Honda patented a unique arm-equipped EV that can charge on the rails

Honda patented a unique arm-equipped EV that can charge on the rails

    Oct 13, 2016 6:30 PM  PT
Honda patented a unique arm-equipped EV that can charge on the rails
author: Claire   

By Claire Pu

Engineering innovations can sometimes extend far beyond our imagination. With increasing numbers of patents and inventions in electric vehicle industry, humankind might embrace a totally gas-free regimen sooner than expected.

But compared with gasoline propelled cars, electric cars are still not that convenient — one needs to recharge every so often, especially over the course of a long trip. Although the longest running range with one charge is making great strides in around 230 miles, how and where EV batteries can be recharged remains a problem.

Honda recently provides a possible solution with its newly published patent. An EV is installed with an arm that would extend from the vehicle to a charging rail, mounted either at the side of the road like a guard rail, or embedded into the blacktop.

The rail would be connected to the electricity grid and feed power directly to the EV's batteries, basically a driving-while-charging idea. Most of the world's subway systems use similar "third rails" to directly power the trains' electric motors.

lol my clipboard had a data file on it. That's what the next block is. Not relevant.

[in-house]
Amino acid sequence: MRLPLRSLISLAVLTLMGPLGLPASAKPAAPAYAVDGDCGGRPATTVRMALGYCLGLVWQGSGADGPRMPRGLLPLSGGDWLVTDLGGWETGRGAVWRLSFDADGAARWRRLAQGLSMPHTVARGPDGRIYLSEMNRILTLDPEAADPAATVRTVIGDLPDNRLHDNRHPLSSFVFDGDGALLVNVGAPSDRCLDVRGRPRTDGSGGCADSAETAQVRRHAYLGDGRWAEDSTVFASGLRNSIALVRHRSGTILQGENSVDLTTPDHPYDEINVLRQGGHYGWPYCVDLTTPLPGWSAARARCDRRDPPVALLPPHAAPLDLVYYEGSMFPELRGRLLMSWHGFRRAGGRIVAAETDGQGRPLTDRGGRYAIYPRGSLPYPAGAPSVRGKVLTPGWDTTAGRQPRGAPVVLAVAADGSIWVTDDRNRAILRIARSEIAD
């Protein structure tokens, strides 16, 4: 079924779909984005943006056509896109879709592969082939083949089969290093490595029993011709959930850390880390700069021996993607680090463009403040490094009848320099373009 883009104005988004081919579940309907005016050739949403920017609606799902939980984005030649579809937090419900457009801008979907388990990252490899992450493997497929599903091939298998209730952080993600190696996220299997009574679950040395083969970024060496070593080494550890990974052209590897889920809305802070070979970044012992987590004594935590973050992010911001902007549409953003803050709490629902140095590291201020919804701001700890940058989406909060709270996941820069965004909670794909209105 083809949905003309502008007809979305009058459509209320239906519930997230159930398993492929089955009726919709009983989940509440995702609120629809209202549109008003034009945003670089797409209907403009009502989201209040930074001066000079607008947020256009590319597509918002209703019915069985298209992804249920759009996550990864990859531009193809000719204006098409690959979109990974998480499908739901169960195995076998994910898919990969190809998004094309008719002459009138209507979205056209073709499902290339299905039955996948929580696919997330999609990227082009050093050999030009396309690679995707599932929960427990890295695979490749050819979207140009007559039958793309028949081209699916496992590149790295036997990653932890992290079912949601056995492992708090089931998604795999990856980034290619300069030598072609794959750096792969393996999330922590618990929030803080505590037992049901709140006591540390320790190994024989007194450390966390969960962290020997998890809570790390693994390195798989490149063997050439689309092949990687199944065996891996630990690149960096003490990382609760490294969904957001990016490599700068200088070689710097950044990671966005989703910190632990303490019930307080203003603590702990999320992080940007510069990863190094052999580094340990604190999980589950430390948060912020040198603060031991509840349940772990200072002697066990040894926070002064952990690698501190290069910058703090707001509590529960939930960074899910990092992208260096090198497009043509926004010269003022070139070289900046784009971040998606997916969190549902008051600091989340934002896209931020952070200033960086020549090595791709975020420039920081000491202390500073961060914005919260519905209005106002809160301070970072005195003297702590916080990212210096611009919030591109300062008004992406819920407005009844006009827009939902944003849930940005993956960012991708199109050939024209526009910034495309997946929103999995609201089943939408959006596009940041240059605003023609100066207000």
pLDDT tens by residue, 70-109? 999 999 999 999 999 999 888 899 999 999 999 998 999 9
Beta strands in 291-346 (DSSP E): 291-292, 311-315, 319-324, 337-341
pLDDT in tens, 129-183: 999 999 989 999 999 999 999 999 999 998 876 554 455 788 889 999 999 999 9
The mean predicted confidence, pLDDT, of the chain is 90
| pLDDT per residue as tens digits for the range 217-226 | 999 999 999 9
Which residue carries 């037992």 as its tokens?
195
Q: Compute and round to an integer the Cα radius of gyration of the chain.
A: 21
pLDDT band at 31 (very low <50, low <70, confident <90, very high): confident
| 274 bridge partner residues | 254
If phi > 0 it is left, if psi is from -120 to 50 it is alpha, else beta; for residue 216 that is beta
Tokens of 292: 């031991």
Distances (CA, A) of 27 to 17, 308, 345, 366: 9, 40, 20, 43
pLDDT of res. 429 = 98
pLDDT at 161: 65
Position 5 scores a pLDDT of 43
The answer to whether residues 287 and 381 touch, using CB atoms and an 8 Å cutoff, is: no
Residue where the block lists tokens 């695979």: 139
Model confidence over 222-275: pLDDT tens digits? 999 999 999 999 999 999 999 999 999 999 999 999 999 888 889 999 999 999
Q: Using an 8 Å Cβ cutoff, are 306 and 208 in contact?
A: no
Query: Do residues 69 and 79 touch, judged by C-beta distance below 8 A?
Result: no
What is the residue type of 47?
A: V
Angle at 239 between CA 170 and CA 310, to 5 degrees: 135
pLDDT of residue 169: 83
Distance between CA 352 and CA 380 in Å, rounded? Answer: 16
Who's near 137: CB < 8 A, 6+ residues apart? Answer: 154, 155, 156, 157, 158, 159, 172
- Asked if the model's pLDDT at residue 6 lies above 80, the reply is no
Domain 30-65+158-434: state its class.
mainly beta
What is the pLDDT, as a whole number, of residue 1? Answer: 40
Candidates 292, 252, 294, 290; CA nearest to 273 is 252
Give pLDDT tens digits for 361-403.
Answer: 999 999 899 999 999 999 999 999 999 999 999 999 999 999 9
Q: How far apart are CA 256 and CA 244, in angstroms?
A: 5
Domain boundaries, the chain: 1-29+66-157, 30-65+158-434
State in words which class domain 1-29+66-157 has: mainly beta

Although wireless charging through coils embedded into road surface is well-developed, Honda's bold design to solve the charging problem might pose more difficulties in reality — how to keep the road from snow, rain, or garbage when there's a rail embedded on the road. Another question is how the EV arm when connecting with the rail would not be interrupted by any obstacles or accidents. Added to that, how it can be maintained and not broken easily, and considering the time cost of building and keeping a long rail that EV can attach its arm to, the idea would not be realized so easily.

Early in 2014, Volvo started putting forward a similar idea of a wireless charging system. The idea is that a 500-metre electric road will be built in Sweden to refill the batteries of its Hyber Bus diesel hybrid while it drives on the road. The bus had to stop to plug in and charge at the end of its route, so the company was looking for a way to keep buses in service while being able to run on electric power for greater a length of time.

No matter how Honda or Volvo boldly presents their ideas, the electric vehicle industry is welcoming all sorts of maverick designs as (is often is the case) revolutionary moves comefrom courage and wisdom and risk-taking. We should still give Honda some credit, as it takes years for the best solution to emerge. After all, Rome wasn't built in one day.

In early August 0f 2016, Honda became another car manufacturer to join the License on Transfer (LOT) Network, following General Motors, which joined in July. Other auto brands—including Hyundai, Ford, and even Uber — have joined LOT over the past year. The nonprofit LOT Network was launched in 2014, and began as a Google initiative. It agrees on a mutual non-aggression pact in which members pledge that none of their patents will ever be used by a patent troll to sue another member. (But they can still sell the patents or even sue a competitor within the network directly.)

Sources from:, autoblog, Fortune